Sergei Sergeyevich Prokofiev (23 April 1891, Sontsovka – 5 March 1953, Moscow) was a Russian composer, pianist and conductor who mastered numerous musical genres and is regarded as one of the major composers of the 20th century. His best-known works include the March from The Love for Three Oranges, the suite Lieutenant Kijé, the ballet Romeo and Juliet – from which "Dance of the Knights" is taken – and Peter and the Wolf. Besides many other works, Prokofiev also composed five piano concertos, nine completed piano sonatas and seven symphonies. His only two known works specifically for wind band are March, Opus 99, and Athletic Festival March.
A graduate of the St Petersburg Conservatory, Prokofiev initially made his name as an iconoclastic composer-pianist, achieving notoriety with a series of ferociously dissonant and virtuosic works for his instrument and his first two piano concertos. Prokofiev's first major success breaking out of the composer-pianist mould was with his purely orchestral Scythian Suite, compiled from music originally composed for a ballet commissioned by Sergei Diaghilev of the Ballets Russes; Diaghilev commissioned three further ballets from Prokofiev – Chout, Le pas d'acier and The Prodigal Son – which at the time of their original production were all highly successful. Prokofiev's greatest interest, however, was opera, and he composed several works in that genre, including The Gambler and The Fiery Angel. Prokofiev's one relative success in that genre during his lifetime was The Love for Three Oranges, composed for Chicago and subsequently performed over the following decade in Europe and Russia.
After the Revolution, Prokofiev left Russia ... and lived in the United States, then Germany, then Paris, during which time he married a Spanish singer, Carolina ('Lina') Codina, with whom he had two sons. Because of the increasing economic deprivation of Europe, Prokofiev returned to Russia in 1936. He enjoyed some success there – notably with Lieutenant Kijé, Peter and the Wolf, Romeo and Juliet, and perhaps above all with Alexander Nevsky. The Nazi invasion of the USSR spurred him to compose his most ambitious work, an operatic version of Leo Tolstoy's War and Peace. In 1948 Prokofiev was criticized for "anti-democratic formalism", and with his income severely curtailed was forced to compose Stalinist works such as On Guard for Peace. However, he also enjoyed personal and artistic support from a new generation of Russian performers, notably Sviatoslav Richter and Mstislav Rostropovich and for the latter he composed his Symphony-Concerto.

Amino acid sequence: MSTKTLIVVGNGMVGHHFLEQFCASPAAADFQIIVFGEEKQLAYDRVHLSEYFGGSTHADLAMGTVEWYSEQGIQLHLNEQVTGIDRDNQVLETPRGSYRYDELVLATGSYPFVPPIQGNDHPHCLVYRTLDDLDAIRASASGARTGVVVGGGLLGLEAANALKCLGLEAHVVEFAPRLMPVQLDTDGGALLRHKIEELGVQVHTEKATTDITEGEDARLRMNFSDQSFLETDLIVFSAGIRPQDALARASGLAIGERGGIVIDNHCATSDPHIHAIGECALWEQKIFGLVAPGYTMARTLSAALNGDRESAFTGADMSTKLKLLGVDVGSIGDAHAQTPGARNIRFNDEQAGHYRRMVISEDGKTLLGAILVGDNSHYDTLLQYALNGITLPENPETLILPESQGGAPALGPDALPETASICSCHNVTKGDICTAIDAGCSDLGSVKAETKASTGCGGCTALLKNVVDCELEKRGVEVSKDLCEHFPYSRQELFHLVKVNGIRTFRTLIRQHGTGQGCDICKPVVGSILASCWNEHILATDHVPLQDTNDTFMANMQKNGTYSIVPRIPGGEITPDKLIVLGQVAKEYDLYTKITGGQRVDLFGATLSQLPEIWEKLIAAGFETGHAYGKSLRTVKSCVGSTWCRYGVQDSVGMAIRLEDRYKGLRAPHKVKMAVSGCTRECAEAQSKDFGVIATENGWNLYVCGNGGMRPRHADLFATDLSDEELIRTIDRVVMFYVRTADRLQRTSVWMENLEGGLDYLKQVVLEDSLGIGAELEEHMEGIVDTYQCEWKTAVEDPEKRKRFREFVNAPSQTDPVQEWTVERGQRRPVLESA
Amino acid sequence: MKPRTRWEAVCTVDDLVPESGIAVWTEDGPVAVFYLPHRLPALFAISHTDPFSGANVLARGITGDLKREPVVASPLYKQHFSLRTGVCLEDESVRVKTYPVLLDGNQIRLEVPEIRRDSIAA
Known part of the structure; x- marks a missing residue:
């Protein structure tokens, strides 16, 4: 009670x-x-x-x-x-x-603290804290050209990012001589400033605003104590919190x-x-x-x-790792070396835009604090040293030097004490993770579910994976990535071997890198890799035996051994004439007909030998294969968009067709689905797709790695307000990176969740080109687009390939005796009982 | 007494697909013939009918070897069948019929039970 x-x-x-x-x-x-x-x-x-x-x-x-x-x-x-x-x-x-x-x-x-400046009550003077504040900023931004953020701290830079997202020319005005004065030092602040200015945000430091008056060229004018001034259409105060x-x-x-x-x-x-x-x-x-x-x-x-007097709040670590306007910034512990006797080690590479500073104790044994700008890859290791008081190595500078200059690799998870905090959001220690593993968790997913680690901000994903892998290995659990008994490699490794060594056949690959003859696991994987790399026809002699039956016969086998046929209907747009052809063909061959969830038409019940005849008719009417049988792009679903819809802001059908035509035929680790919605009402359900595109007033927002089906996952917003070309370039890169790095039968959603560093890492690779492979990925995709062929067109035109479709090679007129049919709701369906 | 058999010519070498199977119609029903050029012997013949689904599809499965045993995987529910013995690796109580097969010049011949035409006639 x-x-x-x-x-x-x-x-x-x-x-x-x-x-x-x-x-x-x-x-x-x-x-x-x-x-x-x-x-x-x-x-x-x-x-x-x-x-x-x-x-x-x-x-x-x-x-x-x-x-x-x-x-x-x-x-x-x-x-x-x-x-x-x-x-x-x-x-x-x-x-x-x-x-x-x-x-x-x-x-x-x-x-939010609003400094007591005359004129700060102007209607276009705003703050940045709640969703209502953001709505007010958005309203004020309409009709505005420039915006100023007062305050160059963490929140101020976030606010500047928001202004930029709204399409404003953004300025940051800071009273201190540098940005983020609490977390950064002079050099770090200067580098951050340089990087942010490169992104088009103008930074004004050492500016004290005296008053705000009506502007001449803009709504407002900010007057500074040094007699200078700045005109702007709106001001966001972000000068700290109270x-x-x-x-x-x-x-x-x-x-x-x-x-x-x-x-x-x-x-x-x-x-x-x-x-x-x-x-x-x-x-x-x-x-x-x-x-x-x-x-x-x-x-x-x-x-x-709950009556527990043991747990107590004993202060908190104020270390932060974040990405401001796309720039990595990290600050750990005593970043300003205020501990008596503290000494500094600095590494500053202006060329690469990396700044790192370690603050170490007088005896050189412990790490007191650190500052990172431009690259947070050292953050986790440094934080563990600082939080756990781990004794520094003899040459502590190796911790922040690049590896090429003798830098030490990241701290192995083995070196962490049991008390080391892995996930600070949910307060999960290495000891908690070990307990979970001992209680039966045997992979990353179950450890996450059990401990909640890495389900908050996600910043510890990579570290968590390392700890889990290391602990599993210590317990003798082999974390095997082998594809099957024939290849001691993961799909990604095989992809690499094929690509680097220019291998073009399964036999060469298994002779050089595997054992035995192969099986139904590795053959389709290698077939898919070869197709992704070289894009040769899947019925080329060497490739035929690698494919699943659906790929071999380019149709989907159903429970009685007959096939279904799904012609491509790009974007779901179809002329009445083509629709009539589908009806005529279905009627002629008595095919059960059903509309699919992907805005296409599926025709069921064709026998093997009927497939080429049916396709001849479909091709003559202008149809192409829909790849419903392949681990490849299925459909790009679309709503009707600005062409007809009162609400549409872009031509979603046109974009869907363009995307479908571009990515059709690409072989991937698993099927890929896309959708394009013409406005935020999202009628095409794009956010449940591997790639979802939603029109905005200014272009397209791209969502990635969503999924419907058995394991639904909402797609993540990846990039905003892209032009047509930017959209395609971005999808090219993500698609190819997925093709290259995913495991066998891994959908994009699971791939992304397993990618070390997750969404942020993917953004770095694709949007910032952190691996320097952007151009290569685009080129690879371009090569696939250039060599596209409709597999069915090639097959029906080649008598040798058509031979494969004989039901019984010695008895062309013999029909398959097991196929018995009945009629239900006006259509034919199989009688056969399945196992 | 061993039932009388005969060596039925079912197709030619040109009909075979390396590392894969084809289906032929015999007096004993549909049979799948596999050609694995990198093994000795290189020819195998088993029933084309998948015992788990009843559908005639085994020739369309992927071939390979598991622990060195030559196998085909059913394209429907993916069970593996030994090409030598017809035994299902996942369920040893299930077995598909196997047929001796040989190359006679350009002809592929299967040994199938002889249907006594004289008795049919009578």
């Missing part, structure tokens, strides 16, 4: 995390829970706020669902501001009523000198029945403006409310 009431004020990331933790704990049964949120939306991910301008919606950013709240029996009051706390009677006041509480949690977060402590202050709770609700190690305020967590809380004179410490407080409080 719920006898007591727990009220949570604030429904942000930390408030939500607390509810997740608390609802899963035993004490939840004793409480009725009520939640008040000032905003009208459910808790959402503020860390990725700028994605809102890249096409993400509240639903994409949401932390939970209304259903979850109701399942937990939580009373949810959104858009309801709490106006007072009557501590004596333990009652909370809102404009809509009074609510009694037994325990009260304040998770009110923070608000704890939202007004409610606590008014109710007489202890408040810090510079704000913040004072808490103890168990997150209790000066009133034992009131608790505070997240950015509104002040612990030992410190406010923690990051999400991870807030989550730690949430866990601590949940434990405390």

Works for Winds
- Athletic Festival March (arr. Goldman) (1936/1980)
- Dance of the Knights (trans. Jones) (1935/2019)
- Finale to "Symphony No 1" (tr. Johnson) (1917/2016)
- Gavotte (arr. Gordon)
- Lieutenant Kije Symphonic Suite (arr. Schyns)
- March from "The Love of Three Oranges" (arr. Cray) (1921/1943)
- Marche from the Opera "Love for Three Oranges" (arr. Erickson) (1921/1992)
- Marche from "The Love of Three Oranges," Opus 33 (arr Johnson) (arr. Johnson) (1921/1947)
- March, Opus 69 (arr. Gingery) (1937/1985)
- March, Opus 99 (arr. Meredith) (1943-44/2017)
- March, Opus 99 (arr. Mindeman) (1943-44)
- March, Opus 99 (arr. Yoder; ed. Berz) (1943-44)
- Masquerade Variations On A Theme Of Prokofiev (arr. Gryc)
- Music for Children (arr. Ahronheim)
- Ode to the End of the War (1945/1969/1979)
- Peter and the Wolf (arr. Daniels) (1936)
- Peter and the Wolf (arr. Curnow) (1936/1986)
- Romeo and Juliet (arr. Johan de Meij) (1935/1990)
- Visions fugitives (orch. Missal) (1917/2017)
- Wikipedia: Sergei Prokofiev
- Rehrig, William H. (2005). The Heritage Encyclopedia of Band Music: Complete CD ROM Edition. np: The Robert Hoe Foundation.